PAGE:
HOUSING SCANDAL: Families fight for decent, safe accommodation for their children 

By Bill Heaney

It is a scandal that has been exposed repeatedly in the local press and media for more than 50 years, although nothing has been done to resolve the issue which is ongoing.

Gemma Ewing has bitterly criticised West Dunbartonshire Council over the black mould which is prevalent in her Overburn Crescent home in the old Orlits scheme near the golf course and the BBC’s River City site and is putting her children’s  health at serious risk.

One of the children’s fingers turned blue with the cold in the damp council house.

The nightmare filthy black mould and poor heating in plummeting below zero temperatures in their flat-roofed jerry-built Orlits council house has caused Gemma, who lives with partner Thomas Burrows, to require hospital treatment.

She told a local newspaper that she and three of her four children, aged six and 16 months old twins, were suffering from breathing difficulties, and claims this is due to the cold, damp home they were allocated by the council.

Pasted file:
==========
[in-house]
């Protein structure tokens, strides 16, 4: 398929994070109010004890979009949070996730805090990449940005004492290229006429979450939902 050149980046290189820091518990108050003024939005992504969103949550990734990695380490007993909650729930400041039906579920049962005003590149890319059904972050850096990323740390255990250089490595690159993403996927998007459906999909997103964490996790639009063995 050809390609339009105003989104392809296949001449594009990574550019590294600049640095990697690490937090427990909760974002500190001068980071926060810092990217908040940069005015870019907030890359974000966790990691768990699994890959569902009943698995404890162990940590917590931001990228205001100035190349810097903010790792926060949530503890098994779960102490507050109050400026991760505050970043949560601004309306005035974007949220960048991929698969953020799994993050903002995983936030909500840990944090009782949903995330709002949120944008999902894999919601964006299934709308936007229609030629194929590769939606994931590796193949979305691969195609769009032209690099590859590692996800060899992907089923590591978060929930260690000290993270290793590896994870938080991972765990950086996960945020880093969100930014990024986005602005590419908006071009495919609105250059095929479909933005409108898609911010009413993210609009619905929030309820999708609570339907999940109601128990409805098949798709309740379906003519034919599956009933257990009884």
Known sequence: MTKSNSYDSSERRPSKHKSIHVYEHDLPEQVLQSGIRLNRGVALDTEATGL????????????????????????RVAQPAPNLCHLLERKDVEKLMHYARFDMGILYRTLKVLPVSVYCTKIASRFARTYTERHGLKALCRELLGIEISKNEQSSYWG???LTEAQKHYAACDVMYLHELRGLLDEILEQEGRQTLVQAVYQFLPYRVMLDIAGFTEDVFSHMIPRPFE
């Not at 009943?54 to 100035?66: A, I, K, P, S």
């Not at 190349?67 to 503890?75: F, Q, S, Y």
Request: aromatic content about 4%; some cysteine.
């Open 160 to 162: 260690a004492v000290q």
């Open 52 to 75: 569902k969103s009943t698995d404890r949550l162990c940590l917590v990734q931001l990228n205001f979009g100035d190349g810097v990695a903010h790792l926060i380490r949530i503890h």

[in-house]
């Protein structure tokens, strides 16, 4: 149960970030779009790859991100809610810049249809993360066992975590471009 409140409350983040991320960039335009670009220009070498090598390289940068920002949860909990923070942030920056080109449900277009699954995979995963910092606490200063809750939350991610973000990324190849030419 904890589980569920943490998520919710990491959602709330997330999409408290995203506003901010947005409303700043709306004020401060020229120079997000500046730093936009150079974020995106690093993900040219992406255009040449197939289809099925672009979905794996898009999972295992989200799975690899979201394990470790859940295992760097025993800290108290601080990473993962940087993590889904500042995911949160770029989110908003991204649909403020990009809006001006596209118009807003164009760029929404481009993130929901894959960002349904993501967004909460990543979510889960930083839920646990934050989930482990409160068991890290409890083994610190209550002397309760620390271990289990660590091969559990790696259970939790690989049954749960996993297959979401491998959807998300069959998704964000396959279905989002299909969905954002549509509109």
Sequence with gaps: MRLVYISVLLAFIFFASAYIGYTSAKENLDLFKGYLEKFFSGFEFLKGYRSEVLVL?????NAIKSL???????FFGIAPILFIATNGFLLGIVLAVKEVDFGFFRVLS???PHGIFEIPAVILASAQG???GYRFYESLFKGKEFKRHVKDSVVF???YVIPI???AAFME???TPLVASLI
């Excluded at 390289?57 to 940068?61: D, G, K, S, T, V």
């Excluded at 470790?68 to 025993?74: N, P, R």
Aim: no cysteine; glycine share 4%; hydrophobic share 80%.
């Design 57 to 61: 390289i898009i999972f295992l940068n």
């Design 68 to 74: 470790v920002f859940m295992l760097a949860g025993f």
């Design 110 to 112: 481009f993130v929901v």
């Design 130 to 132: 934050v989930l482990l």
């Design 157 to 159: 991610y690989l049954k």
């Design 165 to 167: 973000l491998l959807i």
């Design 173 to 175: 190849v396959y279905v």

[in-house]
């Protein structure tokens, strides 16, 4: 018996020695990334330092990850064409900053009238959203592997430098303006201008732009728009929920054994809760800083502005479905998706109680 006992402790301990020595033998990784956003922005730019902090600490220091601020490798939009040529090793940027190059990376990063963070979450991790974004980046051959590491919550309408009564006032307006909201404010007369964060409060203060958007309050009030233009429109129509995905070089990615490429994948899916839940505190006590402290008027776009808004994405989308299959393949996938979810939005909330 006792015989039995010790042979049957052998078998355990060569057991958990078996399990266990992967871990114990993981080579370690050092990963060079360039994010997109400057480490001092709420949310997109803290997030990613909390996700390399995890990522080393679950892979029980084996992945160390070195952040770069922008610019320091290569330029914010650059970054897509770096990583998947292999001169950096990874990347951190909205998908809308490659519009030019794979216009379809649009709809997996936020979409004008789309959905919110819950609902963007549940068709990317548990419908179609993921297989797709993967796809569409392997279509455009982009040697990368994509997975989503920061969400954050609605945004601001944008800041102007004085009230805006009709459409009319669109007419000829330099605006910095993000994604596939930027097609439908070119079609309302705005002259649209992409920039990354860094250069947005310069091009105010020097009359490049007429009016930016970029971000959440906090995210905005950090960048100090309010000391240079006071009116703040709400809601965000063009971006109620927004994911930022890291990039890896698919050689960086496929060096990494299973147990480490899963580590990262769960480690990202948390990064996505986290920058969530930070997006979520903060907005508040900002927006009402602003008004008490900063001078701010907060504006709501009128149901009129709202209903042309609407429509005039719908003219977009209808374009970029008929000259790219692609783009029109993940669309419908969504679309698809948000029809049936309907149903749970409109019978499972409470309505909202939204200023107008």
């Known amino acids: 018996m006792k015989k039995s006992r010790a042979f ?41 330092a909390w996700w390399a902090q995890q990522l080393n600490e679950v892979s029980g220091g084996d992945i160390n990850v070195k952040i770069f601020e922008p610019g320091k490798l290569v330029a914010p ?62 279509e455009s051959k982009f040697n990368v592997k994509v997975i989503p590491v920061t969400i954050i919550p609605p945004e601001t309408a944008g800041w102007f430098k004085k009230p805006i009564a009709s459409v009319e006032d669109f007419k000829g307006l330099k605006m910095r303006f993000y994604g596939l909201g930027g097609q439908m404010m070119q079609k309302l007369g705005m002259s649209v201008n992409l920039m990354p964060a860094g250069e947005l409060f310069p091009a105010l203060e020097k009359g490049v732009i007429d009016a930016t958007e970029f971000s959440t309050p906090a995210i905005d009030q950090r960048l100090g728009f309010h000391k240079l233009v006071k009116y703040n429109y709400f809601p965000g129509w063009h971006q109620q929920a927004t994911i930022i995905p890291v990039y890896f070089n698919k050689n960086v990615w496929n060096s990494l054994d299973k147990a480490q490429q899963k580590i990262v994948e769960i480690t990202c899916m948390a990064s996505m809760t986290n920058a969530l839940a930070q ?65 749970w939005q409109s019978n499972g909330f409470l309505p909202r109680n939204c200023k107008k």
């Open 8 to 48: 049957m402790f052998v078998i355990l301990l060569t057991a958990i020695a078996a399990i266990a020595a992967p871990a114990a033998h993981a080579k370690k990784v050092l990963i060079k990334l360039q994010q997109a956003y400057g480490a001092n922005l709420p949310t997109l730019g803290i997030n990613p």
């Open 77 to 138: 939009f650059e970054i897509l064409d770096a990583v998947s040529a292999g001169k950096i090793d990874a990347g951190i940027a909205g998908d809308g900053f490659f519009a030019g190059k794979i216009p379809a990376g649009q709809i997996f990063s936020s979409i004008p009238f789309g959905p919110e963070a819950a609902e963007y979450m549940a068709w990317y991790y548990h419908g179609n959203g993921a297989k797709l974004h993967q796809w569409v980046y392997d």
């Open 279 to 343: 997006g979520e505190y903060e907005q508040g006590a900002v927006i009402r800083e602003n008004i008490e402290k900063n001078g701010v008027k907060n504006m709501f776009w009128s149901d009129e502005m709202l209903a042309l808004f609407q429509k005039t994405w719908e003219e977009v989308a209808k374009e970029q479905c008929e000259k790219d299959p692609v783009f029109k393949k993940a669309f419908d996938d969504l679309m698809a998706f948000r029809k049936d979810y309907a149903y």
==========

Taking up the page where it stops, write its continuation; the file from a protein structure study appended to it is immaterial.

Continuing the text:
Gemma’s mother, Yvonne Clark, is demanding that the council take responsibility for the situation and come up with a remedy for it.

She told one reporter investigating the situation: “Both my grandson and the twins have been in hospital with bronchitis.

“My grandson had to be taken to hospital because he woke up screaming. He was cold to touch.

“The hand of my 16-month-old granddaughter is blue because there isn’t an effective heating system in my daughter’s house to allow her to keep her four children warm enough, which in turn, is creating an environment that is allowing the black mould to spread, and the illnesses that go along with this.

“This week alone my daughter and three out of my four grandchildren have been put on antibiotics as they cannot shift their illness. And my 16-month-old grandson has been put on an inhaler and had to attend the sick children’s hospital due to his temperature dropping to 34.4.

“Her six-year-old son, on the autistic spectrum, is refusing to sleep in his own bed because of how cold it is. This should have been sorted before now.”

The appeal from Ms Ewing and Mrs Clark comes just weeks after West Dunbartonshire councillors unanimously backed a call for extra safeguards to be put in place to combat the mould crisis.

In an email to the council, Gemma Ewing complained: “It is evident that the council did not clean the existing black mould prior to covering it up with wallpaper.

“This is a complaint because this issue was evident before being given this tenancy, and the council chose not to deal with the issue effectively.

“I was notified of this tenancy months before I was actually given the house, so there was, more than ample time to address this correctly.